Fifteen brilliant essays written over as many years provide a map of the sensibility and critical intelligence of Tom McCarthy, one of the most original and challenging novelists at work today. Typewriters, Bombs, Jellyfish explores a wide range of subjects, from the weather considered as a form of media, to the paintings of Gerhard Richter and the movies of David Lynch, to Patty Hearst as revolutionary sex goddess, to the still-radical implications of established masterpieces such as Ulysses (how do you write after it?), Tristram Shandy, and the unsung junky genius Alexander Trocchi’s darkly beautiful Cain’s Book. The longer “Recessional” examines the place of time in writing—how writing makes a new time of its own, a time apart from institutional time—while the startling “Nothing Will Have Taken Place” moves from Mallarmé and Don DeLillo to the ball mastery of Zidane to look at how art, whether that of a poet, novelist, or athlete, destroys given codes of meaning and behavior, returning them to play. Certain points of reference recur with dreamlike insistence—among them the artist Ed Ruscha’s Royal Road Test, a photographic documentation of the roadside debris of a Royal typewriter hurled from the window of a traveling car; the great blooms of jellyfish that are filling the oceans and gumming up the machinery of commerce and military domination—and the question throughout is: How can art explode the restraining conventions of so-called realism, whether aesthetic or political, to engage in the active reinvention of the world? tom mccarthy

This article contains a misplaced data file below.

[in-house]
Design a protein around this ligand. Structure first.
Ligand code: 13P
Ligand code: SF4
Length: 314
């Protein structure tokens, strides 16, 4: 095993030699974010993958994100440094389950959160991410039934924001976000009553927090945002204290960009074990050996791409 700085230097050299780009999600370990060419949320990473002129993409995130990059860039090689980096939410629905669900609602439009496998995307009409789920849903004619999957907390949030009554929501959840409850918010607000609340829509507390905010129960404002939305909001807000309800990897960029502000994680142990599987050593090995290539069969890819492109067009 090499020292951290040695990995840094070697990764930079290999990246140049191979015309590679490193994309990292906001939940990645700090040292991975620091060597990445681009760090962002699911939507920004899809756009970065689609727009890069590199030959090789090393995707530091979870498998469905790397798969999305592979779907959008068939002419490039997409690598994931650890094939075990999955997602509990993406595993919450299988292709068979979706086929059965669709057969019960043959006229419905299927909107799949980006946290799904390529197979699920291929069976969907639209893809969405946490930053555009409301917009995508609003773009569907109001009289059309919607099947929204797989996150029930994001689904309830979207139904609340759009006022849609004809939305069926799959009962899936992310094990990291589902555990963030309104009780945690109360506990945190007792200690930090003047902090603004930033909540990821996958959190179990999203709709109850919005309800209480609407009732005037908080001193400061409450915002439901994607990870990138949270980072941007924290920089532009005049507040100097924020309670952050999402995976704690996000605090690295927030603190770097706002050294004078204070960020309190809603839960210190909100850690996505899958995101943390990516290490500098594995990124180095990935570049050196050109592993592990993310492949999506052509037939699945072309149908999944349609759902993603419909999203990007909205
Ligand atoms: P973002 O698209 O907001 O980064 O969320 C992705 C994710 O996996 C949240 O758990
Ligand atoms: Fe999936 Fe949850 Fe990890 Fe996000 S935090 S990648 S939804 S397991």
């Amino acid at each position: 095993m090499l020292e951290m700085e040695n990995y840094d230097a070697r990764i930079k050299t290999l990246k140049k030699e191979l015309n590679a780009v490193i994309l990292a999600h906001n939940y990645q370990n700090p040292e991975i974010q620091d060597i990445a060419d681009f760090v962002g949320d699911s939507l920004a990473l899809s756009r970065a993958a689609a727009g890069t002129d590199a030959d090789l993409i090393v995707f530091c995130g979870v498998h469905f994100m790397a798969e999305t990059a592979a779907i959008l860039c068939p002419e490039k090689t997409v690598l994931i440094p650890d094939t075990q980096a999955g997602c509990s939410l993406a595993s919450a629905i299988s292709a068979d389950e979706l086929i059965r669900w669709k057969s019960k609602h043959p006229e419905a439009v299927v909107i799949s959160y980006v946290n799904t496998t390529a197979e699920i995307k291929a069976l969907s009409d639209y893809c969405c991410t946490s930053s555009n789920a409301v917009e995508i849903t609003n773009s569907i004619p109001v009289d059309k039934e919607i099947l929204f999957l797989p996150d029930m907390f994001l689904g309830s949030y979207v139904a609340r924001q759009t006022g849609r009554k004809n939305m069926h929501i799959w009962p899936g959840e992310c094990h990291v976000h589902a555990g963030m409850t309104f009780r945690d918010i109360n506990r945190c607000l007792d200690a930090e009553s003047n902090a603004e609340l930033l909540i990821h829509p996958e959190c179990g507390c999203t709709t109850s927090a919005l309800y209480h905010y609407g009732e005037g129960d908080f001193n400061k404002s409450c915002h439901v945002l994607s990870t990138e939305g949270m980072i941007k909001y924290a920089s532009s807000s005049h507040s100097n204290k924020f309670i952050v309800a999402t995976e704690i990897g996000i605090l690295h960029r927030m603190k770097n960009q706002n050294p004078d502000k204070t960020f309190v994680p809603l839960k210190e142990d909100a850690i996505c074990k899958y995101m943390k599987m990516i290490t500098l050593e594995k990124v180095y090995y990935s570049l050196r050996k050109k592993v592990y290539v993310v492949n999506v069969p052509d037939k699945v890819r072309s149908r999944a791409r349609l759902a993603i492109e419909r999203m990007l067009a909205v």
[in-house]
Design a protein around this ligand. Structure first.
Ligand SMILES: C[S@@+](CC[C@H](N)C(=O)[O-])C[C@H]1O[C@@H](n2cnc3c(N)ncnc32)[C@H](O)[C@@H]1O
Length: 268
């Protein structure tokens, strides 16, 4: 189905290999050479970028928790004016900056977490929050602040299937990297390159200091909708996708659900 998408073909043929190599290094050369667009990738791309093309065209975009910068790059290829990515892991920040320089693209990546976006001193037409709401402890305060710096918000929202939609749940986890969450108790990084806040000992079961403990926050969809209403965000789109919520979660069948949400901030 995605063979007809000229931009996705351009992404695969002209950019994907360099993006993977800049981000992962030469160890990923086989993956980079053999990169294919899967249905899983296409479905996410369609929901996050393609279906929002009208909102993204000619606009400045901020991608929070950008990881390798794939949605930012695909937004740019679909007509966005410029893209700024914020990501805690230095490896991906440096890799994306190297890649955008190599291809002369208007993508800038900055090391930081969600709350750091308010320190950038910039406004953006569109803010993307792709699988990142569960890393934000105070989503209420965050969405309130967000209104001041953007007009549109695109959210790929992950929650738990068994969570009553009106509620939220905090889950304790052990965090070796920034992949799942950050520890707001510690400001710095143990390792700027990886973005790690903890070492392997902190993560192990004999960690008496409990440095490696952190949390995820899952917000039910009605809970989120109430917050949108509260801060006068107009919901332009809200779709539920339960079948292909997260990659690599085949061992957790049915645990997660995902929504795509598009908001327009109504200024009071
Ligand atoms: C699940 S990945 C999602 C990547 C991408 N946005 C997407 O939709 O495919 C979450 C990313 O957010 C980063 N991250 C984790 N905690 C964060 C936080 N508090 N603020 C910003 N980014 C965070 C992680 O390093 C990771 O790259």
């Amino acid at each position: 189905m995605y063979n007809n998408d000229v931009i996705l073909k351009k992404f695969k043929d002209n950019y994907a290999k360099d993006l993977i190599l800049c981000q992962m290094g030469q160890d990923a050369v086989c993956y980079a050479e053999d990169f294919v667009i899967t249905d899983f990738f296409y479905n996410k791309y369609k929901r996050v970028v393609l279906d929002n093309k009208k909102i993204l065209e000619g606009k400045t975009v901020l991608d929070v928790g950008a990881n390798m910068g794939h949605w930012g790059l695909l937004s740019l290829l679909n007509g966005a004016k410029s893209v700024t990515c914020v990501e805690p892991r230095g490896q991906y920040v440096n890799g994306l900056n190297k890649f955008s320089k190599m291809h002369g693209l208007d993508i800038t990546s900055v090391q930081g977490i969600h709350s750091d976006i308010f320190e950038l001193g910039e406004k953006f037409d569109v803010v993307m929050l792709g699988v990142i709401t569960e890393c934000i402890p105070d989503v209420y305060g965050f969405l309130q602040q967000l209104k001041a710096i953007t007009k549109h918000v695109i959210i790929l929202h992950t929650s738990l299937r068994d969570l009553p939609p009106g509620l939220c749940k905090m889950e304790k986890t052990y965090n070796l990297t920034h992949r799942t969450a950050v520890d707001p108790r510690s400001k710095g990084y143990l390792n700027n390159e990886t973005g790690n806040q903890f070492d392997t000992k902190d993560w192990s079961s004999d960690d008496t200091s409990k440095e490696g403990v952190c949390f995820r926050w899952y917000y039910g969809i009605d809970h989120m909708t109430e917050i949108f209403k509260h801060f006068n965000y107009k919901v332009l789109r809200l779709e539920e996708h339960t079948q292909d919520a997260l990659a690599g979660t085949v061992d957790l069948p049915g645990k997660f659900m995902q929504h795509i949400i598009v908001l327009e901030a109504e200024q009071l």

Reading Typewriters, Bombs, Jellyfish is like receiving a map of all the space that art, literature, and culture have carved out for each other. . . . This is the kind of book that deepens your appreciation of the subjects you’ve previously encountered, and sends you to seek out the ones you haven’t.
—Gabe Habash, Publishers Weekly, starred review
Stimulating, intellectually exciting, and highly imaginative.
—Kirkus Reviews, starred review
McCarthy’s fiction and nonfiction aim to skewer an ideology of authenticity that is fed and watered by a certain humanist conception of literature.
McCarthy’s crisp, clean prose is stimulating, his concepts original and his visual imagery powerful.
—Layla Sanai, The Independent